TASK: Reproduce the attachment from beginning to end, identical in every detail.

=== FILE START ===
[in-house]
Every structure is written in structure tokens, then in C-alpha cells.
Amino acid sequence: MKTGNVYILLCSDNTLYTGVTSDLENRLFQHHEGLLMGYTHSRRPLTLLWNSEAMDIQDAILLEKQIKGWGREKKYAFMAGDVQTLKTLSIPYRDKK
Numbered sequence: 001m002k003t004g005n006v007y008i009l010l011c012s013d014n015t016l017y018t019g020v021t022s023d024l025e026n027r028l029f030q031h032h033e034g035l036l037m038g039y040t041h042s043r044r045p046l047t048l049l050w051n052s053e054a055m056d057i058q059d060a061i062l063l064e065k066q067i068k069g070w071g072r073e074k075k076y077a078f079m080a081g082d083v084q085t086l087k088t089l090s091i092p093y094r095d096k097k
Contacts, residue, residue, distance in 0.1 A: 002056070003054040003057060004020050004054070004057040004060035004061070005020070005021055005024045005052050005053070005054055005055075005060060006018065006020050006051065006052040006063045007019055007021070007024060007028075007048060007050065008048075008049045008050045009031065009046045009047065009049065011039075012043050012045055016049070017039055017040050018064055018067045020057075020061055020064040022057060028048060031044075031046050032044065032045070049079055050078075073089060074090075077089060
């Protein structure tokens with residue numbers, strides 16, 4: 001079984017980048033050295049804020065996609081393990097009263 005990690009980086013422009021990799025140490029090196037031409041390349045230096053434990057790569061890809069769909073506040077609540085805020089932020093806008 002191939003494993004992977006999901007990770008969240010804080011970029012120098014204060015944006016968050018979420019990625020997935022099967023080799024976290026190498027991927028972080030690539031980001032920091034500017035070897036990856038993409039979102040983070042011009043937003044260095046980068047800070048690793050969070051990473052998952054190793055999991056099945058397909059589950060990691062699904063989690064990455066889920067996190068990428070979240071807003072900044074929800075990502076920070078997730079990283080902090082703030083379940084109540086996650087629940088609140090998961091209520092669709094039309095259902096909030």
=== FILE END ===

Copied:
[in-house]
Every structure is written in structure tokens, then in C-alpha cells.
Amino acid sequence: MKTGNVYILLCSDNTLYTGVTSDLENRLFQHHEGLLMGYTHSRRPLTLLWNSEAMDIQDAILLEKQIKGWGREKKYAFMAGDVQTLKTLSIPYRDKK
Numbered sequence: 001m002k003t004g005n006v007y008i009l010l011c012s013d014n015t016l017y018t019g020v021t022s023d024l025e026n027r028l029f030q031h032h033e034g035l036l037m038g039y040t041h042s043r044r045p046l047t048l049l050w051n052s053e054a055m056d057i058q059d060a061i062l063l064e065k066q067i068k069g070w071g072r073e074k075k076y077a078f079m080a081g082d083v084q085t086l087k088t089l090s091i092p093y094r095d096k097k
Contacts, residue, residue, distance in 0.1 A: 002056070003054040003057060004020050004054070004057040004060035004061070005020070005021055005024045005052050005053070005054055005055075005060060006018065006020050006051065006052040006063045007019055007021070007024060007028075007048060007050065008048075008049045008050045009031065009046045009047065009049065011039075012043050012045055016049070017039055017040050018064055018067045020057075020061055020064040022057060028048060031044075031046050032044065032045070049079055050078075073089060074090075077089060
């Protein structure tokens with residue numbers, strides 16, 4: 001079984017980048033050295049804020065996609081393990097009263 005990690009980086013422009021990799025140490029090196037031409041390349045230096053434990057790569061890809069769909073506040077609540085805020089932020093806008 002191939003494993004992977006999901007990770008969240010804080011970029012120098014204060015944006016968050018979420019990625020997935022099967023080799024976290026190498027991927028972080030690539031980001032920091034500017035070897036990856038993409039979102040983070042011009043937003044260095046980068047800070048690793050969070051990473052998952054190793055999991056099945058397909059589950060990691062699904063989690064990455066889920067996190068990428070979240071807003072900044074929800075990502076920070078997730079990283080902090082703030083379940084109540086996650087629940088609140090998961091209520092669709094039309095259902096909030």